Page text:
No matter though, Matip was back and started alongside Gomez for the very first time in a 1-1 draw at Manchester City. Liverpool’s No.2 and No.3 centre-backs starting together was the best they could hope for without Van Dijk, but it didn’t last.
The nature of Gomez’s injury on international duty was particularly felt by Liverpool’s England contingent.
Henderson has spoken of how the freak injury sustained in training “hit him hard”, and as recent images of the scars on Gomez’s left knee show, the defender felt the full force too.
Liverpool, though, pressed on with Matip and Fabinho at the back for a brilliant performance in a 3-0 win over Leicester when, with Salah out with coronavirus, there were fears that the injuries would catch up with them.
Williams continued to get games in the Champions League and now Phillips, who had made his Premier League debut against West Ham in late October, was in the equation in domestic games too. Liverpool had to manage the situation as best they could until January.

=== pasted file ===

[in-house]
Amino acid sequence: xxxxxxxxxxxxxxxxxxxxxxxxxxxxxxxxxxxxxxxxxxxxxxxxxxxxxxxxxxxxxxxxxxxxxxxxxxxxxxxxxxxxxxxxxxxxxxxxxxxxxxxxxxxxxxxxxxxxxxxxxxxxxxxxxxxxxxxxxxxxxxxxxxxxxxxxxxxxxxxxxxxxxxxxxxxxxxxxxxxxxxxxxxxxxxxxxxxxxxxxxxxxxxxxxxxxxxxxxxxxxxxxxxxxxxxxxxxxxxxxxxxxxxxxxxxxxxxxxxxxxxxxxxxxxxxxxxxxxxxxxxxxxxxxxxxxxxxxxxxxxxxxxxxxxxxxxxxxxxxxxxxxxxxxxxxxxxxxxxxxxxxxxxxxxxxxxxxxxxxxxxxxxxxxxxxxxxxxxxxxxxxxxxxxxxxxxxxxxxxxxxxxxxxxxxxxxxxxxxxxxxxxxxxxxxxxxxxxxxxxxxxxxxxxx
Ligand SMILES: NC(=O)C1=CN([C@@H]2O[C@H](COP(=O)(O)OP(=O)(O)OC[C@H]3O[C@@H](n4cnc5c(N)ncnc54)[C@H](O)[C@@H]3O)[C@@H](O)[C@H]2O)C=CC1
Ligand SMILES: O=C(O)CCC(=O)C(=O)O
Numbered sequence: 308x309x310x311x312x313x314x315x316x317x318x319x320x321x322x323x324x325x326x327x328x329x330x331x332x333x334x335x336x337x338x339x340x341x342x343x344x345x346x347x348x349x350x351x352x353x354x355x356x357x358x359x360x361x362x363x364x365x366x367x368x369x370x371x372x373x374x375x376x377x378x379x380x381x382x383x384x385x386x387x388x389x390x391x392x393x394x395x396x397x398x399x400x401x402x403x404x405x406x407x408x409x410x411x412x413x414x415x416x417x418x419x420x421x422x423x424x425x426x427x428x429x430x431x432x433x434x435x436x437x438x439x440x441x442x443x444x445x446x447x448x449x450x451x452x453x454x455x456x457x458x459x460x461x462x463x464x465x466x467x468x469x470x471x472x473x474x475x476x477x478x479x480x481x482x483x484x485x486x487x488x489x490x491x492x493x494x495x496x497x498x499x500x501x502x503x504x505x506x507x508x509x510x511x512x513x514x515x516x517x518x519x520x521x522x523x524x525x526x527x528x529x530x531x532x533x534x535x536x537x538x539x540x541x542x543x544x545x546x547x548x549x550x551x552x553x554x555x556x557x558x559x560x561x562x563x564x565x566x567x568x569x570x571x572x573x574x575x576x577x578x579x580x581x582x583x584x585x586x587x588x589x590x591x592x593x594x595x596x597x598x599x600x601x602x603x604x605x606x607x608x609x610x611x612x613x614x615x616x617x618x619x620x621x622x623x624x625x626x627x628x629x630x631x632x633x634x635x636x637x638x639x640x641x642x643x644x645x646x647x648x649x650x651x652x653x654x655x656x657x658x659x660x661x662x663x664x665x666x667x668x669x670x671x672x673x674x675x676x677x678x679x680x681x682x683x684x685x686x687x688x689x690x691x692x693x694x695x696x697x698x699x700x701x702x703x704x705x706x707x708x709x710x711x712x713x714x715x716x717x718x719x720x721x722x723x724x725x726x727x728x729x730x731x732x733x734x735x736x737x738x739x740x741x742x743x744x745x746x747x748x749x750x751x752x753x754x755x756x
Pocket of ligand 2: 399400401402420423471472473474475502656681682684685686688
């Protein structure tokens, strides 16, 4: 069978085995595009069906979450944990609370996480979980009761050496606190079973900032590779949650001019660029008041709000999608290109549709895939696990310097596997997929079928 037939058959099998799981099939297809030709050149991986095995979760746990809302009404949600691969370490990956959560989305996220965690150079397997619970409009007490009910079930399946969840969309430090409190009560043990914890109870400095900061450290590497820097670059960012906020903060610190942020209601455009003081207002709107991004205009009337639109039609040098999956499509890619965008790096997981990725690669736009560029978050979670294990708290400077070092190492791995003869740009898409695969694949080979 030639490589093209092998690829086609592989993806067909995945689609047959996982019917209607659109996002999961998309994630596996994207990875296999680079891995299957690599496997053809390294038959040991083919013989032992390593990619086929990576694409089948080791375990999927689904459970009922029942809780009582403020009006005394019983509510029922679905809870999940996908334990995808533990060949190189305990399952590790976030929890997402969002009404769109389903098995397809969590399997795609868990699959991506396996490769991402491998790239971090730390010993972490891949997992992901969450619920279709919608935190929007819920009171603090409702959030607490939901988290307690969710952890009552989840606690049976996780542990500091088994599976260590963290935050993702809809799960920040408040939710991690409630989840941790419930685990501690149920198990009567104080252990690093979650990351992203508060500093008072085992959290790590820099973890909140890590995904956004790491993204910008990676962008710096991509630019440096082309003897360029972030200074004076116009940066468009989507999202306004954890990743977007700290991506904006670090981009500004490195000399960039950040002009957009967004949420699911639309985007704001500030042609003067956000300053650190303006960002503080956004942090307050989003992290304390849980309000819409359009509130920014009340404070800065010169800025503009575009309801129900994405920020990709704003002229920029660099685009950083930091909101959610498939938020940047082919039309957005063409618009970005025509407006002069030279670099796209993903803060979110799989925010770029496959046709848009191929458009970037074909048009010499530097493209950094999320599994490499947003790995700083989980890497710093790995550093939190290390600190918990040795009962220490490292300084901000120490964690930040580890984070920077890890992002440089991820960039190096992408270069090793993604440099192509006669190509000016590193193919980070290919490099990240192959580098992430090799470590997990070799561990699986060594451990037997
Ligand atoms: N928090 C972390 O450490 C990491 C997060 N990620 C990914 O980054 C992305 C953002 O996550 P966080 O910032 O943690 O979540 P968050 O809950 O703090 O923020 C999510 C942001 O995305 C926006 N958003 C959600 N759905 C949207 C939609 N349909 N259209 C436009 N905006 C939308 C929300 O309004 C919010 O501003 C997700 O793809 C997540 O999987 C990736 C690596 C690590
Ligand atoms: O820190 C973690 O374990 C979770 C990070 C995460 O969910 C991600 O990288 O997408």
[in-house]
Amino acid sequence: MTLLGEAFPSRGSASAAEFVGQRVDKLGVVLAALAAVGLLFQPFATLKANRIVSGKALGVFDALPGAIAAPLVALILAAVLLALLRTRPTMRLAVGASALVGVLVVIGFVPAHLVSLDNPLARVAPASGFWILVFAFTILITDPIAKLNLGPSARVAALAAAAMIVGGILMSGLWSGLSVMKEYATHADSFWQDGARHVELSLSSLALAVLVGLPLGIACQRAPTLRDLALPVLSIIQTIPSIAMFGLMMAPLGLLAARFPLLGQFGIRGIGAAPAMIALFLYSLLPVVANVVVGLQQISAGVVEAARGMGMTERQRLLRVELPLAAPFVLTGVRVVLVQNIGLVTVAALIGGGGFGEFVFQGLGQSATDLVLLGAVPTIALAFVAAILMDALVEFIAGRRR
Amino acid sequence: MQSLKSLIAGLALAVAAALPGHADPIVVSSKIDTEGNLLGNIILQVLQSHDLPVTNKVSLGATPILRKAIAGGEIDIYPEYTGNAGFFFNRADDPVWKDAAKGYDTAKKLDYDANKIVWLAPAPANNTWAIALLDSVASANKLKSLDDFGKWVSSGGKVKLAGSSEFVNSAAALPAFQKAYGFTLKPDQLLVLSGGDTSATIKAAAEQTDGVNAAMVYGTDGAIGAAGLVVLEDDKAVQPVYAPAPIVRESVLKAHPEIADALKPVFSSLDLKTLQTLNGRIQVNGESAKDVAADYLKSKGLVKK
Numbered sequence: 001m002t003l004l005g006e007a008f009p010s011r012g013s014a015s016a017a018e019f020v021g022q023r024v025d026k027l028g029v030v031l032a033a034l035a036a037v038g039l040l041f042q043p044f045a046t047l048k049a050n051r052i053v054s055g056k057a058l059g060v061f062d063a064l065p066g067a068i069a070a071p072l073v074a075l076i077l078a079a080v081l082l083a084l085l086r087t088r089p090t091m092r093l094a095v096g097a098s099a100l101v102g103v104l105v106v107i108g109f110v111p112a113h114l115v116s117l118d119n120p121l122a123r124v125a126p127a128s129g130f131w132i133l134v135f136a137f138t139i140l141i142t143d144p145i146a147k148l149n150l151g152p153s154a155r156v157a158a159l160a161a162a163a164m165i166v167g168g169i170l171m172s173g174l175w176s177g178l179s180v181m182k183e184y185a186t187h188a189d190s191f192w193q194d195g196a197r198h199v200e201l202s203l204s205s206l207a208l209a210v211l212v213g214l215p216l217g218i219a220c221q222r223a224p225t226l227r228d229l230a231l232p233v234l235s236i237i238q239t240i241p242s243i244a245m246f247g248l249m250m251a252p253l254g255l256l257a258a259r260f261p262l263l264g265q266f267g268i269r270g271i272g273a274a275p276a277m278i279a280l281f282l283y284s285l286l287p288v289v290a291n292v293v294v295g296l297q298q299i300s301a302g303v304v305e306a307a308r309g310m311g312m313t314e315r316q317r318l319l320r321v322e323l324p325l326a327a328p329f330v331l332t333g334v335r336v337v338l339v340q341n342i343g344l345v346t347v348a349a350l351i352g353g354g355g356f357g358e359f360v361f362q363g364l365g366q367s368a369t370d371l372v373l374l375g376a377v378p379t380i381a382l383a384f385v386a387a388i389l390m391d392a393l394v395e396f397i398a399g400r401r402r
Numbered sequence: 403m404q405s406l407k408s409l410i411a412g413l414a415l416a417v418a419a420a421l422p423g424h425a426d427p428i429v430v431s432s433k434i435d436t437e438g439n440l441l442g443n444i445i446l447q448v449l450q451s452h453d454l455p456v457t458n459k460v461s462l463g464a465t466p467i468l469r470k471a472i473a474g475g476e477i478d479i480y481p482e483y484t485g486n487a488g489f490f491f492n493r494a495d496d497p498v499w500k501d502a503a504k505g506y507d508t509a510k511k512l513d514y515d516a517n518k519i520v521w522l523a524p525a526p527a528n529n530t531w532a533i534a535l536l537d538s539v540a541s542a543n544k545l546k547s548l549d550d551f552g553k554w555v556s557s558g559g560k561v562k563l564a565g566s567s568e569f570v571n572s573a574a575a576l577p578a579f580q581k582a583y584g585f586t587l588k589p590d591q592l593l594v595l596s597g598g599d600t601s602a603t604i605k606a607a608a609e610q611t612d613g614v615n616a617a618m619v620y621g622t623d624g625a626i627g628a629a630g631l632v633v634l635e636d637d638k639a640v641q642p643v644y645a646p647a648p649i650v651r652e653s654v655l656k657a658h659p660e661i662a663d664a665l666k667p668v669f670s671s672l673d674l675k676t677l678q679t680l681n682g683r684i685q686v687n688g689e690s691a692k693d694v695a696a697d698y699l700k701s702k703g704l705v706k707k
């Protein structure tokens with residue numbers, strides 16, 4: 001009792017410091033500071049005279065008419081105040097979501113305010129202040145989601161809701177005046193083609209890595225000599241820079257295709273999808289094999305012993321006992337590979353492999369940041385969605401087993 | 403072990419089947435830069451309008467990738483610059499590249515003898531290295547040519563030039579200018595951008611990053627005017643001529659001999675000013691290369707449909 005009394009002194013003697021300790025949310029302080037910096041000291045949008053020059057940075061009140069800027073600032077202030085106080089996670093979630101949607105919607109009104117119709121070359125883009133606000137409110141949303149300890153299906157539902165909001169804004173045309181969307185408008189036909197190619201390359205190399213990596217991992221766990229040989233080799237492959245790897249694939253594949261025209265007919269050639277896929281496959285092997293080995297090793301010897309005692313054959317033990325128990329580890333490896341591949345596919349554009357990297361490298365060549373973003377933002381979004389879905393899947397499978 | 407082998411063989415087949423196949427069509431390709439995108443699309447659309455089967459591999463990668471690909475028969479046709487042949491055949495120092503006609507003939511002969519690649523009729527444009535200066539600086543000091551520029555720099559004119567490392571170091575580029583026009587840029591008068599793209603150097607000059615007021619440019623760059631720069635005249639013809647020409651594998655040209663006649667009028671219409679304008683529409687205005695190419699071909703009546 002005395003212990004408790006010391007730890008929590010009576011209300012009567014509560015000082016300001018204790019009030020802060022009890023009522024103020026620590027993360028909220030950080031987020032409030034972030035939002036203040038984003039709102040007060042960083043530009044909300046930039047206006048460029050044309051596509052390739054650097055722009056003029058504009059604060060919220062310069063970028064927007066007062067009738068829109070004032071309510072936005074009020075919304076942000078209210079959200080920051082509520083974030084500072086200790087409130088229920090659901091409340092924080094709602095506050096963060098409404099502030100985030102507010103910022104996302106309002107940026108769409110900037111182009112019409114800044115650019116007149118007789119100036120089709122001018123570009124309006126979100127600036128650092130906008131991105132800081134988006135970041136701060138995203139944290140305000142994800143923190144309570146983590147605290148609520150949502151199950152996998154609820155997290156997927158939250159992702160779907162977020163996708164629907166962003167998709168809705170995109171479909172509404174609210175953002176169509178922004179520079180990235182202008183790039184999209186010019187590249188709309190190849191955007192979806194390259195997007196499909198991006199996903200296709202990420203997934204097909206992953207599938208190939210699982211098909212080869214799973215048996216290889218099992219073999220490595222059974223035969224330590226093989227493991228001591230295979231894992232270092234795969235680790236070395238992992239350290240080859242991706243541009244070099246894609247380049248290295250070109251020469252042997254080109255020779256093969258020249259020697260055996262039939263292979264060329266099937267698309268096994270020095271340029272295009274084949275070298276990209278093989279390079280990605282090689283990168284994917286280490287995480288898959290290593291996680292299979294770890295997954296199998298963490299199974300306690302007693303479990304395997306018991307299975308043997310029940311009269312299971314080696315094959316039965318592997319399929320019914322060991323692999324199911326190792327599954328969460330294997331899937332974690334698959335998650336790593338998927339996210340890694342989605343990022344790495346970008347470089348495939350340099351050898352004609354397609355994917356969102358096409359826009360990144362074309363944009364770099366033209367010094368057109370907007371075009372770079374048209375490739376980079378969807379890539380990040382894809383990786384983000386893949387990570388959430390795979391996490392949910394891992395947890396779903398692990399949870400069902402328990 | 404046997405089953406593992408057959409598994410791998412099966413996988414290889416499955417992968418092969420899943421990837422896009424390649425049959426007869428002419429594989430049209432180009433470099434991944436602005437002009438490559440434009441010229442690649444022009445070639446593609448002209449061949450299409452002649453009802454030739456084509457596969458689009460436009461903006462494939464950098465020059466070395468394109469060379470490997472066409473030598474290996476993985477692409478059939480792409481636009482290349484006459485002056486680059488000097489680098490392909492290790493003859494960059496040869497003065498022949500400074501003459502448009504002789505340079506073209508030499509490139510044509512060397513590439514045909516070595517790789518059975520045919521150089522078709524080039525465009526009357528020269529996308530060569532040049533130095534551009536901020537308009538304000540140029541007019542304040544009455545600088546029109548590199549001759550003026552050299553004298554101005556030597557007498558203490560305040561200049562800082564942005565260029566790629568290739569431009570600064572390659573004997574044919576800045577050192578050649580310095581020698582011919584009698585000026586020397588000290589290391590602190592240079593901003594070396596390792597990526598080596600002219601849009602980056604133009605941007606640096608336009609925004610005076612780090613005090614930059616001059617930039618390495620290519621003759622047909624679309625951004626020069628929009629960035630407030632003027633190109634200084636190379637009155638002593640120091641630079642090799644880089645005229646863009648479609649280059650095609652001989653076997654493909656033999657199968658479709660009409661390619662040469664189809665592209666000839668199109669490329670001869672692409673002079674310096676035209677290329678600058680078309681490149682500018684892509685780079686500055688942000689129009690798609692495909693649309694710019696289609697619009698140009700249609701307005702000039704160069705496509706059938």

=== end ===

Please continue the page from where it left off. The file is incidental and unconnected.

And they did.
Matip and Fabinho were the preferred pair, and then Williams was excellent when he was brought in to face Tottenham at home, shortly after he’d been the senior partner alongside debutant Koumetio in the Champions League at Midtjylland.
But against West Brom just after Christmas Matip was forced off, and Liverpool deflated.
They drew that game and began their recent poor run, with Henderson joining the ranks of the defenders in the loss at Southampton, the draw at home to Manchester United and now the impressive win at Spurs.
That second half in north London brought together Liverpool’s sixth and seventh-choice centre-backs in Phillips and his captain, for that 16th partnership of the season.
There will be more if, as is now expected and demanded, Liverpool bring in a new face in the closing days of the transfer window, when yet another character is added to this scarcely believable tale.